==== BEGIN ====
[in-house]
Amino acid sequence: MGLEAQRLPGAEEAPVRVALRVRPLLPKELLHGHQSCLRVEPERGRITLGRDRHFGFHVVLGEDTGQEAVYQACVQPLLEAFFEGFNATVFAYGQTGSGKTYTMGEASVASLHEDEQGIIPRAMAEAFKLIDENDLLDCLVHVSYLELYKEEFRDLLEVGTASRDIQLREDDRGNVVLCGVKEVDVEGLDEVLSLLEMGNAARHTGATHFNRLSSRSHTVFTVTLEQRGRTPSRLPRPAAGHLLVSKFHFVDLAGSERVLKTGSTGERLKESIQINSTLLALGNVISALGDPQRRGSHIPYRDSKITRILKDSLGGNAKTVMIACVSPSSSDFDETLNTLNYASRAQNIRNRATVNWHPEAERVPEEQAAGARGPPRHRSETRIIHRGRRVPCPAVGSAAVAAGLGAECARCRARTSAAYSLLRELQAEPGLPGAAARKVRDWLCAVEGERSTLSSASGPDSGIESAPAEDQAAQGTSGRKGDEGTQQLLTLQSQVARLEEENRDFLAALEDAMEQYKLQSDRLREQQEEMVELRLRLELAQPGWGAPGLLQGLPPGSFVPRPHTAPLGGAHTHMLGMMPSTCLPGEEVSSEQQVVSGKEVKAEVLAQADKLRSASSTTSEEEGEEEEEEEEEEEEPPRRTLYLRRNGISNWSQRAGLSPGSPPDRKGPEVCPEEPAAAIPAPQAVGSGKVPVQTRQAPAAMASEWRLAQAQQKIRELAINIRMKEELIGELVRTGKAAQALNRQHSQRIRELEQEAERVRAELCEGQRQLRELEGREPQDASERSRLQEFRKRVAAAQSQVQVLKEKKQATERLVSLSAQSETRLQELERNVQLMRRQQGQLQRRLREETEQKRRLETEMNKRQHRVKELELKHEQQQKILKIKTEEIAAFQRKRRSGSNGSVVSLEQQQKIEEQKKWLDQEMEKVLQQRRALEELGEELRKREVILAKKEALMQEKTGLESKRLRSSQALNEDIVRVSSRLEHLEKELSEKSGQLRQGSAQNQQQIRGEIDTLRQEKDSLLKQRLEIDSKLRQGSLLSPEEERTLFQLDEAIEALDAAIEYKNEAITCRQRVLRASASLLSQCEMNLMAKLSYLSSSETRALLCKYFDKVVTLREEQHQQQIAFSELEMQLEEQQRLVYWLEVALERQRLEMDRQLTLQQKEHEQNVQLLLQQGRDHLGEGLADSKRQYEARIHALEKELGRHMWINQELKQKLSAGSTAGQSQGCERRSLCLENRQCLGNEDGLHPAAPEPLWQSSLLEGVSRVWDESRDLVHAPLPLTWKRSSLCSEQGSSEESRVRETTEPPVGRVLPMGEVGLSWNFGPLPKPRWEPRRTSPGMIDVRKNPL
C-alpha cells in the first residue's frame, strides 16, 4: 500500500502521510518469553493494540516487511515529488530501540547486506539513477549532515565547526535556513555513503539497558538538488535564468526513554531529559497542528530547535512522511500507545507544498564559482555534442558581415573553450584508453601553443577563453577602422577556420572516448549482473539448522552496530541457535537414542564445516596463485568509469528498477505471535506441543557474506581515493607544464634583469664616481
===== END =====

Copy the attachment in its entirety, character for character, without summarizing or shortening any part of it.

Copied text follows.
[in-house]
Amino acid sequence: MGLEAQRLPGAEEAPVRVALRVRPLLPKELLHGHQSCLRVEPERGRITLGRDRHFGFHVVLGEDTGQEAVYQACVQPLLEAFFEGFNATVFAYGQTGSGKTYTMGEASVASLHEDEQGIIPRAMAEAFKLIDENDLLDCLVHVSYLELYKEEFRDLLEVGTASRDIQLREDDRGNVVLCGVKEVDVEGLDEVLSLLEMGNAARHTGATHFNRLSSRSHTVFTVTLEQRGRTPSRLPRPAAGHLLVSKFHFVDLAGSERVLKTGSTGERLKESIQINSTLLALGNVISALGDPQRRGSHIPYRDSKITRILKDSLGGNAKTVMIACVSPSSSDFDETLNTLNYASRAQNIRNRATVNWHPEAERVPEEQAAGARGPPRHRSETRIIHRGRRVPCPAVGSAAVAAGLGAECARCRARTSAAYSLLRELQAEPGLPGAAARKVRDWLCAVEGERSTLSSASGPDSGIESAPAEDQAAQGTSGRKGDEGTQQLLTLQSQVARLEEENRDFLAALEDAMEQYKLQSDRLREQQEEMVELRLRLELAQPGWGAPGLLQGLPPGSFVPRPHTAPLGGAHTHMLGMMPSTCLPGEEVSSEQQVVSGKEVKAEVLAQADKLRSASSTTSEEEGEEEEEEEEEEEEPPRRTLYLRRNGISNWSQRAGLSPGSPPDRKGPEVCPEEPAAAIPAPQAVGSGKVPVQTRQAPAAMASEWRLAQAQQKIRELAINIRMKEELIGELVRTGKAAQALNRQHSQRIRELEQEAERVRAELCEGQRQLRELEGREPQDASERSRLQEFRKRVAAAQSQVQVLKEKKQATERLVSLSAQSETRLQELERNVQLMRRQQGQLQRRLREETEQKRRLETEMNKRQHRVKELELKHEQQQKILKIKTEEIAAFQRKRRSGSNGSVVSLEQQQKIEEQKKWLDQEMEKVLQQRRALEELGEELRKREVILAKKEALMQEKTGLESKRLRSSQALNEDIVRVSSRLEHLEKELSEKSGQLRQGSAQNQQQIRGEIDTLRQEKDSLLKQRLEIDSKLRQGSLLSPEEERTLFQLDEAIEALDAAIEYKNEAITCRQRVLRASASLLSQCEMNLMAKLSYLSSSETRALLCKYFDKVVTLREEQHQQQIAFSELEMQLEEQQRLVYWLEVALERQRLEMDRQLTLQQKEHEQNVQLLLQQGRDHLGEGLADSKRQYEARIHALEKELGRHMWINQELKQKLSAGSTAGQSQGCERRSLCLENRQCLGNEDGLHPAAPEPLWQSSLLEGVSRVWDESRDLVHAPLPLTWKRSSLCSEQGSSEESRVRETTEPPVGRVLPMGEVGLSWNFGPLPKPRWEPRRTSPGMIDVRKNPL
C-alpha cells in the first residue's frame, strides 16, 4: 500500500502521510518469553493494540516487511515529488530501540547486506539513477549532515565547526535556513555513503539497558538538488535564468526513554531529559497542528530547535512522511500507545507544498564559482555534442558581415573553450584508453601553443577563453577602422577556420572516448549482473539448522552496530541457535537414542564445516596463485568509469528498477505471535506441543557474506581515493607544464634583469664616481